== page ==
Back to Sender
Isis recruits - Published in the Whanganui Chronicle 7 March 2019
Regarding your article about Shamina Begum (February 20), there is now a call for those young people who joined and fought for Isis to be locked out from their home countries.
After the Anzac survivors of the trenches returned to their homelands after World War I, many admitted they went for a "bit of an adventure" or "foreign travel". Some also mentioned that they went because they felt coerced by social pressure and their compatriots' patriotic vitriol. Almost all were appalled by what they experienced.
During the Spanish Civil War, many foreigners joined up to fight for the Republican or Monarchist cause. Returning from both conflicts, many withdrew into solitude and some became anti-war advocates. Seumas McKee wrote about his experiences in I Was a Franco Soldier, admitting his folly for joining a fascist army all because it was Catholic. McKee was Irish. Others, like Ernest Hemingway and George Orwell, became great, opinion-changing writers.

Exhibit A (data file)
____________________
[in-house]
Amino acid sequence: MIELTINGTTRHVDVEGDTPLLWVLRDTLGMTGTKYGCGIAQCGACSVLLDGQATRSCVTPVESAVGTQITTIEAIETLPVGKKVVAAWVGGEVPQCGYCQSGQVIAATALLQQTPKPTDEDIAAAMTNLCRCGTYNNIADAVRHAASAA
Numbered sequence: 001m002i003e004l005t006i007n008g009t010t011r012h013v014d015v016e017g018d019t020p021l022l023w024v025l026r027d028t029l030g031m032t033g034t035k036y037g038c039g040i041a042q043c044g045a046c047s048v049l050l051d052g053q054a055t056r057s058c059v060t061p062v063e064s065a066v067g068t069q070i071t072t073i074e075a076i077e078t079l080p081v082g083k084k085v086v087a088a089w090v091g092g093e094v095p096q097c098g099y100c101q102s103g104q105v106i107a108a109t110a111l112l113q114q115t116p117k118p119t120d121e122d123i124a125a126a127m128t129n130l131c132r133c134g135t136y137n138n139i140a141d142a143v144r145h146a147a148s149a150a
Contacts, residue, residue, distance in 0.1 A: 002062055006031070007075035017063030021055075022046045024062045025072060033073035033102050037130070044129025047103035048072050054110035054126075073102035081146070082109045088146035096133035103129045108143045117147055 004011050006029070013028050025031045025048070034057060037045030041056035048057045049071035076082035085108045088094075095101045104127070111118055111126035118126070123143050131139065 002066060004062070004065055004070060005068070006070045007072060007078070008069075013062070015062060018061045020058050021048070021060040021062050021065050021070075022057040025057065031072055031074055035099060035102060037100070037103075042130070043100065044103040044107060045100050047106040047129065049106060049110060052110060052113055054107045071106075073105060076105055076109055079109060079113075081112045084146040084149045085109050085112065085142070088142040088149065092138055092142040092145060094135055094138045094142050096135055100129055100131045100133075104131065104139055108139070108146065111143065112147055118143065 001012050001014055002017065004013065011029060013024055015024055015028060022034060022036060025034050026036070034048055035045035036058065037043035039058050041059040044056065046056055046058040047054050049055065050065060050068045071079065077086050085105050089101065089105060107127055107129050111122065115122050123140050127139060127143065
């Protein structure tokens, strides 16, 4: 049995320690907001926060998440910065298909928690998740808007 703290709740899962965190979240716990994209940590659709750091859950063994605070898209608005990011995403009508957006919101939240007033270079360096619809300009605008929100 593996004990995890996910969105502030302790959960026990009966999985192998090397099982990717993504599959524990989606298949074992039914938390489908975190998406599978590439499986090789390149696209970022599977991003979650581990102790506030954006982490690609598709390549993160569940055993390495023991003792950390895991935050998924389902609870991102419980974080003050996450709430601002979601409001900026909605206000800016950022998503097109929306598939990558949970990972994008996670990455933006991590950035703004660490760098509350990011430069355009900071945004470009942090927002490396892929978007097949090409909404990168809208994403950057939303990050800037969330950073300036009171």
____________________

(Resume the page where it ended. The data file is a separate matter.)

It seems to me that, in the past decade, young men and women were also enticed to current military enterprises by clever posters or wilful and manipulative online propaganda. It is probable many Western young men and woman who left the comfort of their working or middle-class existence and spent time with their Islamic State hosts realised what a dummy they had been sold.
However, a lockout can have the opposite effect. By not allowing them reintegration, we may push them to further radicalisation, even if they decided their initial choice was stupid. Also, by removing their citizenship and passports, we make them other people's problem. If we allow them back, after facing possible criminal charges, they get a second chance, and may even teach others about their folly.
Of course, others who found an avenue for their bloodlust, may want to come home to die a martyr's death blowing up people. With those who want to do us harm at least, we know who they are and we can keep an eye on them.
Remember what a difference it may have made if Adolf Hitler had been allowed to enter Vienna's Academy of Fine Arts instead of being cited as "unfit for painting [pictures]" and thrown back on an unsuspecting and ill-prepared world.
CHRISTODOULOS MOISA Durie Hil